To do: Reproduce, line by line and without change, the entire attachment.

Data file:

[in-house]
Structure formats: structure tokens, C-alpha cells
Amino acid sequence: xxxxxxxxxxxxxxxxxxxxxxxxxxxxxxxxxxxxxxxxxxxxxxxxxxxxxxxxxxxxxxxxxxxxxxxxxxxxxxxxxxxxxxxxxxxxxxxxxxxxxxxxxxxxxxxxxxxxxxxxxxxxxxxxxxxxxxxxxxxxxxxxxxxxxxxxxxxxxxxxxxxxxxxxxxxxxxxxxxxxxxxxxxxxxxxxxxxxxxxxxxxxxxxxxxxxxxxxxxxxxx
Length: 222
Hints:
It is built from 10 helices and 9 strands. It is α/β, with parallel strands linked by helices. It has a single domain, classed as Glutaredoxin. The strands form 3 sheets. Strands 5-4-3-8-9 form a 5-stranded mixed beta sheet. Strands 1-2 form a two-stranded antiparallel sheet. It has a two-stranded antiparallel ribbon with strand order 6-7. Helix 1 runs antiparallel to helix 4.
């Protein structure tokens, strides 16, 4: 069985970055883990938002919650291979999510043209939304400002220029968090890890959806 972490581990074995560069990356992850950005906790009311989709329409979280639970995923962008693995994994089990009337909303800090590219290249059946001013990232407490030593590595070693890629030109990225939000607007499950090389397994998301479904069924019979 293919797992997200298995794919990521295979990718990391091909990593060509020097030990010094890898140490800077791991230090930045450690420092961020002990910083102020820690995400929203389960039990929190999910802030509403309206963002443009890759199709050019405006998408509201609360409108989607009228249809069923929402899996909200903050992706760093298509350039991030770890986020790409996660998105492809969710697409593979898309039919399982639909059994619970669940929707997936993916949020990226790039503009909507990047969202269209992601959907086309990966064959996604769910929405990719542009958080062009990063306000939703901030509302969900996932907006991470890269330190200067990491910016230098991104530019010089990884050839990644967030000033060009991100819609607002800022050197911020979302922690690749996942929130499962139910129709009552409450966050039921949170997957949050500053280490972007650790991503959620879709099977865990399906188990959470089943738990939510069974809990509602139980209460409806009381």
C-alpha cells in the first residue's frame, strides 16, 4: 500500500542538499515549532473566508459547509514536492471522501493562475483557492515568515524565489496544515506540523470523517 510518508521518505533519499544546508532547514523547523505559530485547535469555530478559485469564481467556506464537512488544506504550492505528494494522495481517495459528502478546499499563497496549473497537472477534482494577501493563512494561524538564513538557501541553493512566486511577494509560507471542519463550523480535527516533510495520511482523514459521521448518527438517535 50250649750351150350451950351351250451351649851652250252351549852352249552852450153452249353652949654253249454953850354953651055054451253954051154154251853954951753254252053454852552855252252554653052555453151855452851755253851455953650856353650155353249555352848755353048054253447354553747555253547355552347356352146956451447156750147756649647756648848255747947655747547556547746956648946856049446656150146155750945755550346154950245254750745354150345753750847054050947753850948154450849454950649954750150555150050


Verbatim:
[in-house]
Structure formats: structure tokens, C-alpha cells
Amino acid sequence: xxxxxxxxxxxxxxxxxxxxxxxxxxxxxxxxxxxxxxxxxxxxxxxxxxxxxxxxxxxxxxxxxxxxxxxxxxxxxxxxxxxxxxxxxxxxxxxxxxxxxxxxxxxxxxxxxxxxxxxxxxxxxxxxxxxxxxxxxxxxxxxxxxxxxxxxxxxxxxxxxxxxxxxxxxxxxxxxxxxxxxxxxxxxxxxxxxxxxxxxxxxxxxxxxxxxxxxxxxxxxx
Length: 222
Hints:
It is built from 10 helices and 9 strands. It is α/β, with parallel strands linked by helices. It has a single domain, classed as Glutaredoxin. The strands form 3 sheets. Strands 5-4-3-8-9 form a 5-stranded mixed beta sheet. Strands 1-2 form a two-stranded antiparallel sheet. It has a two-stranded antiparallel ribbon with strand order 6-7. Helix 1 runs antiparallel to helix 4.
């Protein structure tokens, strides 16, 4: 069985970055883990938002919650291979999510043209939304400002220029968090890890959806 972490581990074995560069990356992850950005906790009311989709329409979280639970995923962008693995994994089990009337909303800090590219290249059946001013990232407490030593590595070693890629030109990225939000607007499950090389397994998301479904069924019979 293919797992997200298995794919990521295979990718990391091909990593060509020097030990010094890898140490800077791991230090930045450690420092961020002990910083102020820690995400929203389960039990929190999910802030509403309206963002443009890759199709050019405006998408509201609360409108989607009228249809069923929402899996909200903050992706760093298509350039991030770890986020790409996660998105492809969710697409593979898309039919399982639909059994619970669940929707997936993916949020990226790039503009909507990047969202269209992601959907086309990966064959996604769910929405990719542009958080062009990063306000939703901030509302969900996932907006991470890269330190200067990491910016230098991104530019010089990884050839990644967030000033060009991100819609607002800022050197911020979302922690690749996942929130499962139910129709009552409450966050039921949170997957949050500053280490972007650790991503959620879709099977865990399906188990959470089943738990939510069974809990509602139980209460409806009381």
C-alpha cells in the first residue's frame, strides 16, 4: 500500500542538499515549532473566508459547509514536492471522501493562475483557492515568515524565489496544515506540523470523517 510518508521518505533519499544546508532547514523547523505559530485547535469555530478559485469564481467556506464537512488544506504550492505528494494522495481517495459528502478546499499563497496549473497537472477534482494577501493563512494561524538564513538557501541553493512566486511577494509560507471542519463550523480535527516533510495520511482523514459521521448518527438517535 50250649750351150350451950351351250451351649851652250252351549852352249552852450153452249353652949654253249454953850354953651055054451253954051154154251853954951753254252053454852552855252252554653052555453151855452851755253851455953650856353650155353249555352848755353048054253447354553747555253547355552347356352146956451447156750147756649647756648848255747947655747547556547746956648946856049446656150146155750945755550346154950245254750745354150345753750847054050947753850948154450849454950649954750150555150050